Need to get your car fixed? Want to get tickets to see a show at the Two River Theater? Rather order takeout from one of those pizza places in town than eat in the hospital commisary? The service will get it done for you.

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SEA BRIGHT TAKING CONTROL OVER PARKING

sea-bright-parkingSea Bright officials are finally getting started on an ordinance that will give residents permits to park on the street in the summer months. (Photo by Dustin Racioppi)

By DUSTIN RACIOPPI

Sea Bright officials are ready to respond to a clarion call for parking freedom in town.

Although it’s been on ice for a couple years, Sea Bright Mayor Maria Fernandes says she hopes an ordinance allowing residents to park on the street during the summer months will be introduced at the Borough Council’s next meeting on February 4 . It’s a step that’s been needed for a long time, she said, considering parking is at a premium when the beaches get crashed by out-of-towners.

“A lot of residents feel like they’re prisoners in their own home. This will alleviate it somewhat,” Fernandes said. “The residents have been asking for this for a long time.”

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BOROUGH GETS STIMULUS GRANT FOR TREES

hot-topic rightA small leaf fallen from the massive federal stimulus package passed by Congress last year will result in tender loving care for some Red Bank trees.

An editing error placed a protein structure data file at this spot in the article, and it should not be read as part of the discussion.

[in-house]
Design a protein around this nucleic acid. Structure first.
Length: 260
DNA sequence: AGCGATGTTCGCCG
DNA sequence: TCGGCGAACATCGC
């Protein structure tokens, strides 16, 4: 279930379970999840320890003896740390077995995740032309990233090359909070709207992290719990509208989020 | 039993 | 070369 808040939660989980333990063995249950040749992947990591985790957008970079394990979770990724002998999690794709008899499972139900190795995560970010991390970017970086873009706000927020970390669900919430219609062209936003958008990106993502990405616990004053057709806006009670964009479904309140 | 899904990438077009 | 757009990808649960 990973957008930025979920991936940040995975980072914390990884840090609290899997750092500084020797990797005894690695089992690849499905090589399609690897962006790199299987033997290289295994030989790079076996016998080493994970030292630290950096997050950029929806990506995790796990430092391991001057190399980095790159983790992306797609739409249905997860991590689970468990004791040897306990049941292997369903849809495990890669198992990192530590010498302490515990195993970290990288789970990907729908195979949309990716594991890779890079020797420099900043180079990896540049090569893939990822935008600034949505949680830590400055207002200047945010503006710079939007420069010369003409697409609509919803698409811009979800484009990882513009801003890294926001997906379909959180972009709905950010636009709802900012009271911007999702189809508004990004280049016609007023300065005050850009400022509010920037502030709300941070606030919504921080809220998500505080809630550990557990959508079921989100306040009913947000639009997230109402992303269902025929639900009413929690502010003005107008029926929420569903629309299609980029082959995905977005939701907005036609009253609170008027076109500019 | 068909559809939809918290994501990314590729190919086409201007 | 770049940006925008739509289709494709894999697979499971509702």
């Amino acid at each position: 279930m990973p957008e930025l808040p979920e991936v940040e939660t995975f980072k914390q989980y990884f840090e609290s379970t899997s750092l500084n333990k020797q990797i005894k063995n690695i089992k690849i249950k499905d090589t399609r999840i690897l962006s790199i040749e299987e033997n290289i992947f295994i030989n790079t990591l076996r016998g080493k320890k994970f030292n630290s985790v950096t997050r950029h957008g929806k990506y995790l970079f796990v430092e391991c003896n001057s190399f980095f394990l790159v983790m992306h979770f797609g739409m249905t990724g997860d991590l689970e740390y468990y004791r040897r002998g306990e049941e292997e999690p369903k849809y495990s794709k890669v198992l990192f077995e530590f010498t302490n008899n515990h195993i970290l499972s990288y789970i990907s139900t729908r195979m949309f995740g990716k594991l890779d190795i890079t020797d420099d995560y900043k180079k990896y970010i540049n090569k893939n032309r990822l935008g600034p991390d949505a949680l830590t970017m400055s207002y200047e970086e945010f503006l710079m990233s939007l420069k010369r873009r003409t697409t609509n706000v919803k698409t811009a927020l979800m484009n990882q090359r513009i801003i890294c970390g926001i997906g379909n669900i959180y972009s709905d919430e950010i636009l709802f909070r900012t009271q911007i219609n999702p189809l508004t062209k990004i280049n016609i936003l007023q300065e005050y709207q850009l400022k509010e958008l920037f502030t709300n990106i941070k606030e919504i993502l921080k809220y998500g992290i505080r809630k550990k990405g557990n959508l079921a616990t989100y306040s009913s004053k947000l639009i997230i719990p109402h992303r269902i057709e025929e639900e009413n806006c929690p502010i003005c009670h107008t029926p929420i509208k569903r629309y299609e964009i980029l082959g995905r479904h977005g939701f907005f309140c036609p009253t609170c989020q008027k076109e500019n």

Borough officials say they’ve gotten $7,000 Business Stimulus Fund grant via the state to provide for pruning and other services.

The grant, via the state, “will let us hire a local business to do much-needed tree maintenance,” Shade Tree Committee member Boris Kofman tells redbankgreen.

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MIDDLETOWN COPS BUST BURGLARY RING

joeys-cruz2Police in Middletown say they have arrested an illegal immigrant from Honduras who used at least one juvenile to help him pull off a yearlong string of burglaries in that town and others.

Here’s the full text of a news release from Lieutenant Joe Capriotti:

The Middletown Township Police Department has arrested a Middlesex County man who was employing juveniles in a burglary ring that operated in Monmouth County, Union County and Somerset County.